Calcarea muriatica

Natural History.
      Calcium Chloride. Chloride of Lime. Ca CI2.

Clinical.
      Boils.
      Glandular swellings.
      Impetigo.
      Scrofula.
      Vomiting.

Characteristics.
      The following symptoms have been noted: Faintness, anxiety and weakness.
      Trembling and giddiness.
      Respiration quick and snoring, increased secretion of mucus (as with other chlorides), perspiration and urine.
      Nausea and vomiting, precordium tender, diarrhoea, pulse accelerated.
      Cold sweats, convulsions, paralysis.
      In scrofulous cases it promotes the action of mercury.
      Under its use glandular swellings and indurations soften and disappear.
      Hence its use in scrofula and boils.
      "C. W." has recorded a remarkable instance of the action of this remedy (Hom. W., March, 1891).
      A scrofulous and rheumatic woman had suffered from abscess of cornea, followed by rheumatic iritis, and a dense opacity was left.
      An old-school practitioner had treated her with mercurials during two years in a vain endeavor to "touch her mouth." C. W. put one grain of Calc-mur. in an 8-oz.
      bottle, and directed the patient to take a tablespoonful three times a day.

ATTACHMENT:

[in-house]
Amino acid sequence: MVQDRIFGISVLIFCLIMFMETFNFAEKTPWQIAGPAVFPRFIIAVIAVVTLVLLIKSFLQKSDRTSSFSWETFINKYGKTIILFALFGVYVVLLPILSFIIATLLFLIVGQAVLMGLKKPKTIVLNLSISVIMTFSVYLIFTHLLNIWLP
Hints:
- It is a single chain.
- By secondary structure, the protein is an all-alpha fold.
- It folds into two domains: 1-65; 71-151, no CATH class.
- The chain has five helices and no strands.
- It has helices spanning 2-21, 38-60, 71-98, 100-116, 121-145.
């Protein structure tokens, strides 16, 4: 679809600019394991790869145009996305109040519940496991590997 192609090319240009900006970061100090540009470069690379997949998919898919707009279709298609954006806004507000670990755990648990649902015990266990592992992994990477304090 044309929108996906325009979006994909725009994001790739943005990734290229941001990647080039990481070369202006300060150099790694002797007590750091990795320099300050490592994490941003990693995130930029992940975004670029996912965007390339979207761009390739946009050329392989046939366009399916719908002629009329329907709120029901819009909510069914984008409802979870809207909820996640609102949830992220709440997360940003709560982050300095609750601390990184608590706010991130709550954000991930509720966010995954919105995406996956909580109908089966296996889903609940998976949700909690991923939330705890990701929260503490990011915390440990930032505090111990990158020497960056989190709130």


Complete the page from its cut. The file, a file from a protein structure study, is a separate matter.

The medicine had not been taken ten minutes before she felt it at her fingers’ ends.
      The mercurial action was evoked, and she was in bed a fortnight, terribly salivated.
      The condition of the eye was unchanged.
      Calc-mur., in the form of the liquor (1 part of 2 of distilled water), was one of Rademacher’s "Stomach Remedies," and was used with great success by him in cases of obstinate vomiting.
      He gave 15 drops of the liquor in half a cup of water five times a day.
      The indications were: Vomiting of all food and drink, vomiting when no food had been taken, jaundice, pain in left hypochondrium.
      He also found it indicated in gastric pain, bloating and eructations.

Relations.
      Compare: Calc-i., Calc-chln., Nat-h.